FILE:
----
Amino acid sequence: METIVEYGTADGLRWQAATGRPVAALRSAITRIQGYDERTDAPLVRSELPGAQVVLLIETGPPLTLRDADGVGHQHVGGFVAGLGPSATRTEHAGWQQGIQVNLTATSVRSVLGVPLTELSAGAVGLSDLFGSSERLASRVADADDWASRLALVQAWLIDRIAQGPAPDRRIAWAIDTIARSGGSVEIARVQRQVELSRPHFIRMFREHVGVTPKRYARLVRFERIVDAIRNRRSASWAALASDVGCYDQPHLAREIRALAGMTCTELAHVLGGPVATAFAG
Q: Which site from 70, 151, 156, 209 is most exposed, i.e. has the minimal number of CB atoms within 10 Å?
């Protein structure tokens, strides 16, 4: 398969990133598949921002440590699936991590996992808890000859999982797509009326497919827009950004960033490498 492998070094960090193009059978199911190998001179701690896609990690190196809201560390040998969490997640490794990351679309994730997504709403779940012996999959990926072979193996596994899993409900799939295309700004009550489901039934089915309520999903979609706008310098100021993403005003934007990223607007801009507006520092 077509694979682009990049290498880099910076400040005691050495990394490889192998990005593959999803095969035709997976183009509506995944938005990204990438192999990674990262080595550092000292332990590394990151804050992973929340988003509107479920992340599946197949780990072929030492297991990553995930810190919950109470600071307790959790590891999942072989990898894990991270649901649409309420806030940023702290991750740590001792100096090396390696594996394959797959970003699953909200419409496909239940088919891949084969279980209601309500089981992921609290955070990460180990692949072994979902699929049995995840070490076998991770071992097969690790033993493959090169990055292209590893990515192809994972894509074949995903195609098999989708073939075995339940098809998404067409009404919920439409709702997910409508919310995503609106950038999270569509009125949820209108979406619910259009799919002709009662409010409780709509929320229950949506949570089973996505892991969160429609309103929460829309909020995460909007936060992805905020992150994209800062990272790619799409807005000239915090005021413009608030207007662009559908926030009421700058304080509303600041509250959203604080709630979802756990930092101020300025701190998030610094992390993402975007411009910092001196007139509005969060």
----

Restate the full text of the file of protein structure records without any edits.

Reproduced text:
Amino acid sequence: METIVEYGTADGLRWQAATGRPVAALRSAITRIQGYDERTDAPLVRSELPGAQVVLLIETGPPLTLRDADGVGHQHVGGFVAGLGPSATRTEHAGWQQGIQVNLTATSVRSVLGVPLTELSAGAVGLSDLFGSSERLASRVADADDWASRLALVQAWLIDRIAQGPAPDRRIAWAIDTIARSGGSVEIARVQRQVELSRPHFIRMFREHVGVTPKRYARLVRFERIVDAIRNRRSASWAALASDVGCYDQPHLAREIRALAGMTCTELAHVLGGPVATAFAG
Q: Which site from 70, 151, 156, 209 is most exposed, i.e. has the minimal number of CB atoms within 10 Å?
């Protein structure tokens, strides 16, 4: 398969990133598949921002440590699936991590996992808890000859999982797509009326497919827009950004960033490498 492998070094960090193009059978199911190998001179701690896609990690190196809201560390040998969490997640490794990351679309994730997504709403779940012996999959990926072979193996596994899993409900799939295309700004009550489901039934089915309520999903979609706008310098100021993403005003934007990223607007801009507006520092 077509694979682009990049290498880099910076400040005691050495990394490889192998990005593959999803095969035709997976183009509506995944938005990204990438192999990674990262080595550092000292332990590394990151804050992973929340988003509107479920992340599946197949780990072929030492297991990553995930810190919950109470600071307790959790590891999942072989990898894990991270649901649409309420806030940023702290991750740590001792100096090396390696594996394959797959970003699953909200419409496909239940088919891949084969279980209601309500089981992921609290955070990460180990692949072994979902699929049995995840070490076998991770071992097969690790033993493959090169990055292209590893990515192809994972894509074949995903195609098999989708073939075995339940098809998404067409009404919920439409709702997910409508919310995503609106950038999270569509009125949820209108979406619910259009799919002709009662409010409780709509929320229950949506949570089973996505892991969160429609309103929460829309909020995460909007936060992805905020992150994209800062990272790619799409807005000239915090005021413009608030207007662009559908926030009421700058304080509303600041509250959203604080709630979802756990930092101020300025701190998030610094992390993402975007411009910092001196007139509005969060």